The attendees agreed they wanted to continue the SIG and be part of an ongoing community to share ideas and recommendations for research.
I lost the keynote speaker on his discussion on brain development after 30 seconds but stayed for 30 minutes then left to go pack up and check out.
Then I attended a session on anxiety and ASD. Is anxiety comorbid with ASD or is it a core symptom of ASD or is it unique syndrome? Anxiety is classified into three areas: general anxiety disorder (GAD), separation anxiety, and social phobia. Anxiety results in poor academic performance, and poor social life. There seems to be more anxiety issues in people with ASD than among TD, but research results are inconsistent.
Drugs of course have been used off label for years. Risperidone and SSRIs have been the most popular to address anxiety, repetitive behavior, and aggression. Tests have been conducted with fluvoxamine, sertraline, and citalopram. No silver bullet has been identified. But I did get a good recommendation for a specialist at NY Presbyterian in White Plains, where I live.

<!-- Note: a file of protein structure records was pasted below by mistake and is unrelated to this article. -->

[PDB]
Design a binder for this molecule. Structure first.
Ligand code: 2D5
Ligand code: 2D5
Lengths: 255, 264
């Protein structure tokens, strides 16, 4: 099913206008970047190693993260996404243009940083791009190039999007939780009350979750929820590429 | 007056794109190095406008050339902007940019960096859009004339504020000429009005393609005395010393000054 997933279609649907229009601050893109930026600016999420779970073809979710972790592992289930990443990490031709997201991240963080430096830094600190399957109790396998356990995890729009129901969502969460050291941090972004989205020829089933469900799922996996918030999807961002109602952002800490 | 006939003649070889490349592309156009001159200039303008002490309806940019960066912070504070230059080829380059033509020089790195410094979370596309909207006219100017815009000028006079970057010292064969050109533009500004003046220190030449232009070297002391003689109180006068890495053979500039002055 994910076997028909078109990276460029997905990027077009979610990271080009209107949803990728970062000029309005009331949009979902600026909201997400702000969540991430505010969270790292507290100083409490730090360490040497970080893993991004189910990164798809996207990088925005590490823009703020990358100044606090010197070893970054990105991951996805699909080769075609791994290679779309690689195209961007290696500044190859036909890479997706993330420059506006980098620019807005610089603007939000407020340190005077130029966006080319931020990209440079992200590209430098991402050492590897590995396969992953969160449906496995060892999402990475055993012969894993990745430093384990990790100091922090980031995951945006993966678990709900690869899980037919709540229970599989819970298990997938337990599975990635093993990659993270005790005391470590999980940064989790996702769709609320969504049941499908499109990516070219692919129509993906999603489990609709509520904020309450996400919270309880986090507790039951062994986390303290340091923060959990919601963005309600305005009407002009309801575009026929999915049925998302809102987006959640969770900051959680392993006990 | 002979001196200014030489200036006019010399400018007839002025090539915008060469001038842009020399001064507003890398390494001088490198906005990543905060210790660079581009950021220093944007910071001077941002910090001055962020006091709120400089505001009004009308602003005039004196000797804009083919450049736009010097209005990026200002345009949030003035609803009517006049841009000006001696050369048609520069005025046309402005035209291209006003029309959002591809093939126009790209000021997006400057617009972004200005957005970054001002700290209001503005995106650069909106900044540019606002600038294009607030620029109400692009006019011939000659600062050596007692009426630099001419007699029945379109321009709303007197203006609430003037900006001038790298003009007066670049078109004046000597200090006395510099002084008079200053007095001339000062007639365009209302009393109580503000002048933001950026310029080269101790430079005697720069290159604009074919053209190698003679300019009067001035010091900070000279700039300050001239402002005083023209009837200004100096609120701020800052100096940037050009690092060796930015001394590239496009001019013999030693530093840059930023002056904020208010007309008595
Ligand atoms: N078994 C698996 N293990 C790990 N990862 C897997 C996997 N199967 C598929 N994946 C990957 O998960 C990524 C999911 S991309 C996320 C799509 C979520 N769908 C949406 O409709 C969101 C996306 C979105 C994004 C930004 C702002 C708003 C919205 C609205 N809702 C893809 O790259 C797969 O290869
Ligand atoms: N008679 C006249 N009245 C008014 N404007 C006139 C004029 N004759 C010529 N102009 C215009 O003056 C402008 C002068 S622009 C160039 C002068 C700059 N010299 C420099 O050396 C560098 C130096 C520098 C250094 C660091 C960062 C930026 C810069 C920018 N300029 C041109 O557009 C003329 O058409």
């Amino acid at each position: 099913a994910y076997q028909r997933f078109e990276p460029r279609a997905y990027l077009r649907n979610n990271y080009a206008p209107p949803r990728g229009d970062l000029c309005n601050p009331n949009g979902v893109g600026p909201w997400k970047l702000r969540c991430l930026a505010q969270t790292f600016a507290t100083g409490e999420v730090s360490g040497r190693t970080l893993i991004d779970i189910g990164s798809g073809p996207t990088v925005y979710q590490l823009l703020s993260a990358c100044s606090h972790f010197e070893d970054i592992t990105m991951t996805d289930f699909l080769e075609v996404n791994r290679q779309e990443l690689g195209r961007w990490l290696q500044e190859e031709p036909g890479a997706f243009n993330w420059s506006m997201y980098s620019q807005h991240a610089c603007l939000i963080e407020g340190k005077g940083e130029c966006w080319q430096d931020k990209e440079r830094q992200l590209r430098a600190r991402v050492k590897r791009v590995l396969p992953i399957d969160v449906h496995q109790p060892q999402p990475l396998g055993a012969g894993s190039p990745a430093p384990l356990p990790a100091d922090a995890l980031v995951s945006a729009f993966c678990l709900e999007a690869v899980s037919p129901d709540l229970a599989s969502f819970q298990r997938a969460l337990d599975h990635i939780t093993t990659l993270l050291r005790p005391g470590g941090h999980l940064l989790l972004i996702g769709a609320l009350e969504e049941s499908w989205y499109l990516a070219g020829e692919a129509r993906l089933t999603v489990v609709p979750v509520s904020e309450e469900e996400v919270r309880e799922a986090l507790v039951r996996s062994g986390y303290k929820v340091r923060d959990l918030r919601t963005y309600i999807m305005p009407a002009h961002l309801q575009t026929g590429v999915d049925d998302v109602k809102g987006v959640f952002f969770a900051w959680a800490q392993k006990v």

Cognitive behavioral therapy (CBT) seems to be an effective treatment. When a person has a fear or is anxious about a specific situation, the memory can be long lasting, so a “reset button” needs to be pushed. This can be done by creating a competing memory. There needs to be lots of rehearsals of a new experience with positive language and even humor to replace a bad experience. The good news is that the more anxiety decreases, the more autism symptoms decrease.
I sat next to Janice Nathan, a speech therapist from Pittsburgh, who uses an approach called “how to be the boss of your brain”. She teaches kids to develop “inner speech” or an inner dialogue to promote independent planning, pausing, reflecting, and moving on.
Unfortunately I had to miss the presentation by Dr. Cathy Lord, the new head of the yet to be opened Center for Autism and the Developing Brain at New York Presbyterian Hospital in White Plains. However, I did take a cab with her to the hotel on Wednesday and she offered to share her presentation with me when I came over to her center.